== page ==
When I first saw the movie “Kingsman The Secret Service” I left the theater filled with awe, over the cinematography, action sequences, characters and even the story. The comic book did not leave the same impression on me that the movie did. Indeed this may be the first ever case of the movie being better than the book.
Incredible team, but bad combo?
The comic is written by Kick Ass writer Mark Millar, Watchmen legend Dave Gibbons, and superstar director Matt hew Vaughn (X-Men First Class) and with a team like that it’s bound to be a great comic, right? Wrong. The characters are two dimensional, the story is flat (more on that below), and the action sequences are just boring and the art just doesn’t pop.
The story itself is simple: there’s an eccentric millionaire kidnapping celebrities and no one knows why, and it’s up to MI6 to find out. While this is going on, Gary (nicknamed Eggsy) is recruited from his life in squalor by his uncle, Jack London, superspy, to join the MI6 spy school (yes, they actually call it spy school) and then s*** really hits the fan.
Why so flat?
Now, the characters. Gary is a thuggish oaf who goes through an extreme makeover in order to become a spy like his uncle. He’s taught everything that a spy needs to be the best, including arms training (which he has had plenty of from Medal of Honour,) seduction techniques and even how to fly planes. Something that he tests incredibly well in are his observational skills, but ultimately the comic fails to really flesh out his character, as his motivation stays the same throughout the book. It’s unclear why he would want to save the world when he just wants his mom to have a better life.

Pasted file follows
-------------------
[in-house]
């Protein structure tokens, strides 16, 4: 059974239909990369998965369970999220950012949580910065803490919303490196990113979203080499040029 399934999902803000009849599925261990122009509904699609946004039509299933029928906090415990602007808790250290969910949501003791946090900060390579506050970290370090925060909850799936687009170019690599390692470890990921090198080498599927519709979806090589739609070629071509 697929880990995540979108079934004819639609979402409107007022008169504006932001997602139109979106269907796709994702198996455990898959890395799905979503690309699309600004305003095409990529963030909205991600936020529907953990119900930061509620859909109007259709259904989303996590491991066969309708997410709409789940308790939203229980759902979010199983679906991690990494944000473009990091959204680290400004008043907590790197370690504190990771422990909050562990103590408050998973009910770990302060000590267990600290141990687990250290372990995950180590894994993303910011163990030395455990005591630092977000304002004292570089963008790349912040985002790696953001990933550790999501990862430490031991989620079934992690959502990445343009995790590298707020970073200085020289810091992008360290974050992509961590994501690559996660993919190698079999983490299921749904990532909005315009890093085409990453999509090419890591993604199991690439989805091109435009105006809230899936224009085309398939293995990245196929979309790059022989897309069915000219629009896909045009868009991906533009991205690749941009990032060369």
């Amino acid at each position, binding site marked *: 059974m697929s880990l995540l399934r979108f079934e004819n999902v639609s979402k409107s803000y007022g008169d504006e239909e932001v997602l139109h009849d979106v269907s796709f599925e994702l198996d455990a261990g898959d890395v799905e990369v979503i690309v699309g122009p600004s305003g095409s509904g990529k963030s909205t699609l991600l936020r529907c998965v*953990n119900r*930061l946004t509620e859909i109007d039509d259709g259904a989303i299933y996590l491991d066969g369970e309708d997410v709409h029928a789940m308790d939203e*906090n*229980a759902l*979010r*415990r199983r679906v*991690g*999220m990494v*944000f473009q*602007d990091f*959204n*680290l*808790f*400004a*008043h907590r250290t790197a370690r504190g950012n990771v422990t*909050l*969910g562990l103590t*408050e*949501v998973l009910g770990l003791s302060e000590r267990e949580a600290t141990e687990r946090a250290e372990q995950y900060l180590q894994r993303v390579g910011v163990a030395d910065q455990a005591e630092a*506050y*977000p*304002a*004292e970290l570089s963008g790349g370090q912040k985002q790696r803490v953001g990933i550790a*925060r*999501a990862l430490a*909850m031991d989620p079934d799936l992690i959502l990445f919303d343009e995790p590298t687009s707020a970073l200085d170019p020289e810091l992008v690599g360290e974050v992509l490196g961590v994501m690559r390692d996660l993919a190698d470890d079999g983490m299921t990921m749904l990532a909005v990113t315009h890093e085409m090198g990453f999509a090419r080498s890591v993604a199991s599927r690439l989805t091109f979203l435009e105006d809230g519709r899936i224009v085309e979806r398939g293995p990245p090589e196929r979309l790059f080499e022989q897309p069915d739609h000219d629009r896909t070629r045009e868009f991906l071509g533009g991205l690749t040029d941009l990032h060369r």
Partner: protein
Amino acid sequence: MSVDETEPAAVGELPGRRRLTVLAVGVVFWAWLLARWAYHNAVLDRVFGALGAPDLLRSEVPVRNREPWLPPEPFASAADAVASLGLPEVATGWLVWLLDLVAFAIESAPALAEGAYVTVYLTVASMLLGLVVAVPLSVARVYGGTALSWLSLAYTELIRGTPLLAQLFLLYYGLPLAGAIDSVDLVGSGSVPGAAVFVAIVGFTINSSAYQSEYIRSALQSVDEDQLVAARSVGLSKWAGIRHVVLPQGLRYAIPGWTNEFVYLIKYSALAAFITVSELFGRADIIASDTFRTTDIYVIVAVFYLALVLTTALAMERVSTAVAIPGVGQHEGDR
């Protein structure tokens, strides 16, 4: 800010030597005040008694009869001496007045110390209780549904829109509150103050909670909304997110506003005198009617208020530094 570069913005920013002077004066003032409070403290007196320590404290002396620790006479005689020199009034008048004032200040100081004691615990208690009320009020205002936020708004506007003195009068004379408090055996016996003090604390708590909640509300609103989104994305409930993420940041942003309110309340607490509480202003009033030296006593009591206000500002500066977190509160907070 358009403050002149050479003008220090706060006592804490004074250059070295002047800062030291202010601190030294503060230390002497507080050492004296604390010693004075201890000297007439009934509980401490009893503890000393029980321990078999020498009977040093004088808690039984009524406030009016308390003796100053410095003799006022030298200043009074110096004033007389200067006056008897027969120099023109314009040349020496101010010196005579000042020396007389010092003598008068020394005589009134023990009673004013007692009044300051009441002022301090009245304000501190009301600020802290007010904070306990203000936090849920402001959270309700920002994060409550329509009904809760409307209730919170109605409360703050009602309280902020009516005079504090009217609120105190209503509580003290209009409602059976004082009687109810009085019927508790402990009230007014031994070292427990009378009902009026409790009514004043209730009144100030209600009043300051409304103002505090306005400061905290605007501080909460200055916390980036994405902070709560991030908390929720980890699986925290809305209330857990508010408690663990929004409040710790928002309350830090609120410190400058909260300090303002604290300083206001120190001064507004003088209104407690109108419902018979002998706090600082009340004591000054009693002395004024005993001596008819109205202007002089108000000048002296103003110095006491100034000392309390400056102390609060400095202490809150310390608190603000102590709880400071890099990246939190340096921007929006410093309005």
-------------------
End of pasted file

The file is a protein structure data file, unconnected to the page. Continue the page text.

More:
Jack London is everything a cliché spy should be, drawing from the world of James Bond – he’s ever the gentleman spy, staying cool in the face of danger and being suave with the ladies. It gets old very fast, and you just wish that the comic would end so you don’t have to deal with him.
The unconvincing art
The most important thing when it comes to graphic novels is arguably the art. Without good art, it might as well just be a novel, and that’s one of the comic’s biggest shortcomings. The characters look nearly identical and the only way to tell them apart is usually by the clothes they’re wearing. The action sequences are mediocre at best and the gore looks entirely too fake, like it’s ketchup not blood.
I wouldn’t reread this comic unless I was paid a lot of money to do it. I give it a 3/10, and would not recommend it to anyone.
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